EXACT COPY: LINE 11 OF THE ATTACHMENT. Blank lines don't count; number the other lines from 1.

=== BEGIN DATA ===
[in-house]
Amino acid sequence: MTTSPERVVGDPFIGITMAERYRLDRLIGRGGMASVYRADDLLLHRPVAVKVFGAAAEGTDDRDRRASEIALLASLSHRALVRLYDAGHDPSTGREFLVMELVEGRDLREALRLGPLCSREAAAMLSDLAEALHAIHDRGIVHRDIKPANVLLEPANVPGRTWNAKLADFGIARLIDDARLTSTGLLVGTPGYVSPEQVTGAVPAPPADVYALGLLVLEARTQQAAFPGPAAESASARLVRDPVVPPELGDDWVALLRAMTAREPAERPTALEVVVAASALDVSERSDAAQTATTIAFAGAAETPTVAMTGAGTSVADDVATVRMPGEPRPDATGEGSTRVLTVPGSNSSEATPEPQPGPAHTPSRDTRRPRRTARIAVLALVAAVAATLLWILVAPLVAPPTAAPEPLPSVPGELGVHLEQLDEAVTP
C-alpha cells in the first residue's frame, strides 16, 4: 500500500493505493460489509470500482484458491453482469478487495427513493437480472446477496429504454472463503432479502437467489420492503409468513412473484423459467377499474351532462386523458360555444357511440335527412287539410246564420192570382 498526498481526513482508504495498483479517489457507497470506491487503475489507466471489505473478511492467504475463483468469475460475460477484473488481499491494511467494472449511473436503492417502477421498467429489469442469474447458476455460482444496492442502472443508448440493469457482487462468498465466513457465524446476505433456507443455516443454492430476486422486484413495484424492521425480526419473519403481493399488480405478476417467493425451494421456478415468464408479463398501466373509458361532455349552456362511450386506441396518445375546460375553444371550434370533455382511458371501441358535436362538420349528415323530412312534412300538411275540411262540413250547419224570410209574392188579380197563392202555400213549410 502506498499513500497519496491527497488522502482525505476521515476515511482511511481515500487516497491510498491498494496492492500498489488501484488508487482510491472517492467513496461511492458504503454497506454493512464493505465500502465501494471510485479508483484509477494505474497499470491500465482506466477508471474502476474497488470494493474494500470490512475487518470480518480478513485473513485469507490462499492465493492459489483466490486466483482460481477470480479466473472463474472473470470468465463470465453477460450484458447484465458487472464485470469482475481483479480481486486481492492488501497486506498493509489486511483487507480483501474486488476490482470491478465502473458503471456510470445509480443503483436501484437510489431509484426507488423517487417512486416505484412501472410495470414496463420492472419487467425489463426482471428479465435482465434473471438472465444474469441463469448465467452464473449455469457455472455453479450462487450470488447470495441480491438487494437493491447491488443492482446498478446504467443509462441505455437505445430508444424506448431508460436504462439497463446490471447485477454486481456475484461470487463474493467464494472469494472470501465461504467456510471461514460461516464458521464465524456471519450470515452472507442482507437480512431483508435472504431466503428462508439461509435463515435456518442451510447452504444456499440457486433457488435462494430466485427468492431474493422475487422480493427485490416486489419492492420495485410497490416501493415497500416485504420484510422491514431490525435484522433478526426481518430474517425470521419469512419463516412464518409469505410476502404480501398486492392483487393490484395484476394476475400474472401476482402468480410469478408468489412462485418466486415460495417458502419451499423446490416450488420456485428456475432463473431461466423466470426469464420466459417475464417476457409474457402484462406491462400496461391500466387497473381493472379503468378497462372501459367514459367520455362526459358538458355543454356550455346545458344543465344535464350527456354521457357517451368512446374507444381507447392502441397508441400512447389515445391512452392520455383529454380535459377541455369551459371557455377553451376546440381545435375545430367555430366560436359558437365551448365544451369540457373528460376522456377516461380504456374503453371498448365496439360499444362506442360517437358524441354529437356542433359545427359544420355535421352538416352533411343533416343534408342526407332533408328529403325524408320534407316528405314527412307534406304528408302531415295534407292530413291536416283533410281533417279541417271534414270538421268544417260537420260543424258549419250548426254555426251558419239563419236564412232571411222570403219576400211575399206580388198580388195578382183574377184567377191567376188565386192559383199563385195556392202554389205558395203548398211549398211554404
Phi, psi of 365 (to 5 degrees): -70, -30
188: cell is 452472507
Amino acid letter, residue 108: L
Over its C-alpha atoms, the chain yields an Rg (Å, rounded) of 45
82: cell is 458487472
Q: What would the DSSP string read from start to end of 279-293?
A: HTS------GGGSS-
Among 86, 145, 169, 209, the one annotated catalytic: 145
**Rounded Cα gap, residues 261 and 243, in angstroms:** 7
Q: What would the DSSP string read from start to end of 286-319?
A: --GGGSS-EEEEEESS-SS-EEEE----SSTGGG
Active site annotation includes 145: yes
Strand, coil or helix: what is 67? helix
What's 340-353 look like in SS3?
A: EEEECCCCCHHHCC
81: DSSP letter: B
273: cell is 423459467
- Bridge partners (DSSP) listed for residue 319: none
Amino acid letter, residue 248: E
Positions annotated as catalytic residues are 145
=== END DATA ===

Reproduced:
Among 86, 145, 169, 209, the one annotated catalytic: 145